Do I have to spell out the problem here? Only to neoclassical economists, I expect: during a debt-deflation, debtors don’t pay the interest on the debt–they go bankrupt. So debtors lose their assets to the creditors, and the creditors get less–losing both their interest payments and large slabs of their principal, and getting no or drastically devalued assets in return. Nobody feels better off during a debt-deflation (apart from those who have accumulated lots of cash beforehand). Both debtors and creditors feel and are poorer, and the problem of non-payment of interest and non-repayment of principal often makes creditors comparatively worse off than debtors (just ask any of Bernie Madoff’s ex-clients).
Having dismissed–and barely even comprehended–the best contemporary explanation of the Great Depression, Bernanke is now trapped repeating history. It is painfully obvious that the real cause of this current financial crisis was the excessive build-up of debt during preceding speculative manias dating back to the mid-1980s. The real danger now is that, on top of this debt mountain, we are starting to experience the slippery slope of falling prices.
In other words, the cause of our current financial crisis is debt combined with deflation–precisely the forces that Irving Fisher described as the causes of the Great Depression back in 1933.
Fisher was in some senses a predecessor of Bernanke: though he was never on the Federal Reserve, he was America’s most renowned academic economist during the early 20th century. He ruined his reputation for aeons to come by also being a newspaper pundit and cheerleader for the Roaring Twenties stock market boom (and he ruined his fortune by putting his money where his mouth was and taking out huge margin loan positions on the back of the considerable wealth he earned from inventing the Rolodex).
Chastened and effectively bankrupted, he turned his mind to working out what on earth had gone wrong, and after about three years he came up with the best explanation of how Depressions occur (prior to Minsky’s brilliant blending of Marx, Keynes, Fisher and Schumpeter in his Financial Instability Hypothesis [here’s another link to this paper]). In his Econometrica paper, Fisher argued that the process that leads to a Depression is the following:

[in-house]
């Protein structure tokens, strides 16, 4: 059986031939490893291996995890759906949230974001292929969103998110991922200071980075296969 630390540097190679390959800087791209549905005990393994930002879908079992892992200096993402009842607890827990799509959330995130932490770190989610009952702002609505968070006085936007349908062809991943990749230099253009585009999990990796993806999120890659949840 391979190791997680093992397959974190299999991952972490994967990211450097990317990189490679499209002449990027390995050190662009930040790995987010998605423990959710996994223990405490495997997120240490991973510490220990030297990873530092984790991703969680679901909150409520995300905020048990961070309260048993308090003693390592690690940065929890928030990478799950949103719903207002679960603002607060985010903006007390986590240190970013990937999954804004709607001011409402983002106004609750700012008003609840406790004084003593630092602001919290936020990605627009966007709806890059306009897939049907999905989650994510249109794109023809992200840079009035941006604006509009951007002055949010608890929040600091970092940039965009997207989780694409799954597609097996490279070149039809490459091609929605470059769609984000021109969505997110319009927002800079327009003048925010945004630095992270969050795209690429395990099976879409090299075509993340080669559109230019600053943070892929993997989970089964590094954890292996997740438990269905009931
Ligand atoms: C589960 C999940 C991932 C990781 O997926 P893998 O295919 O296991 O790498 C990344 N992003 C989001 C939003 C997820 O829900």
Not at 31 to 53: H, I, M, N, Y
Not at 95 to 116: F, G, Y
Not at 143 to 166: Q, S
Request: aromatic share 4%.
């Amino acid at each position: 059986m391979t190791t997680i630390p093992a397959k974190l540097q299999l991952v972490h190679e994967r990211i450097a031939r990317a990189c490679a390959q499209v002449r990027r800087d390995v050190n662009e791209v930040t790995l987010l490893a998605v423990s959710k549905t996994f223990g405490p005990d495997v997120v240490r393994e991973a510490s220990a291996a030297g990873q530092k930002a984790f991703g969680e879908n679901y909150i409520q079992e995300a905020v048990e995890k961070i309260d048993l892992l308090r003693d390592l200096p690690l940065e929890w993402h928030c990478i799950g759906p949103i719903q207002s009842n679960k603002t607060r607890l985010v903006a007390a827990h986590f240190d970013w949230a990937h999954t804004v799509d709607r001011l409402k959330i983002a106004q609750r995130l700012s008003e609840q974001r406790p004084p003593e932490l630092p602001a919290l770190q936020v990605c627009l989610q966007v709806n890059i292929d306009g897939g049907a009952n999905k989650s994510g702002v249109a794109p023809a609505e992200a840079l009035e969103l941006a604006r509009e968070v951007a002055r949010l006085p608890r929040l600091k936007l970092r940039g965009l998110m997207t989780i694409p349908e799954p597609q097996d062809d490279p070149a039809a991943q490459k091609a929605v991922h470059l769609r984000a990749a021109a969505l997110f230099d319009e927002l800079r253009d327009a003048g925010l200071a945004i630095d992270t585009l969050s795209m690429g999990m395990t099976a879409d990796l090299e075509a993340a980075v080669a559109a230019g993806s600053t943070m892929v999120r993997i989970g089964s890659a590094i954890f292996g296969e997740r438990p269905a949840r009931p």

“(1) Debt liquidation leads to distress selling and to
(2) Contraction of deposit currency, as bank loans are paid off, and to a slowing down of velocity of circulation. This contraction of deposits and of their velocity, precipitated by distress selling, causes
(3) A fall in the level of prices, in other words, a swelling of the dollar. Assuming, as above stated, that this fall of prices is not interfered with by reflation or otherwise, there must be
(4) A still greater fall in the net worths of business, precipitating bankruptcies and
(5) A like fall in profits, which in a “capitalistic,” that is, a private-profit society, leads the concerns which are running at a loss to make
(6) A reduction in output, in trade and in employment of labor. These losses, bankruptcies, and unemployment, lead to
(7) Pessimism and loss of confidence, which in turn lead to
(8) Hoarding and slowing down still more the velocity of circulation. The above eight changes cause
(9) Complicated disturbances in the rates of interest, in particular, a fall in the nominal, or money, rates and a rise in the real, or commodity, rates of interest.” (Econometrica, 1933, Volume 1, p. 342)…
In its own way, this is a very simple process to both understand and to model…
So why didn’t Bernanke–and other neoclassical economists–understand Fisher’s explanation and develop it?
Because an essential aspect of Fisher’s reasoning was the need to abandon the fiction that a market economy is always in equilibrium.
The notion that a market economy is in equilibrium at all times is of course absurd: if it were true, prices, incomes–even the state of the weather–would always have to be “just right” at all times, and there would be no economic news at all, because the news would always be that “everything is still perfect”. Even neoclassical economists implicitly acknowledge this by the way they analyse the impact of tariffs for example, by showing to their students how, by increasing prices, tariffs drive the supply above the equilibrium level and drive the demand below it.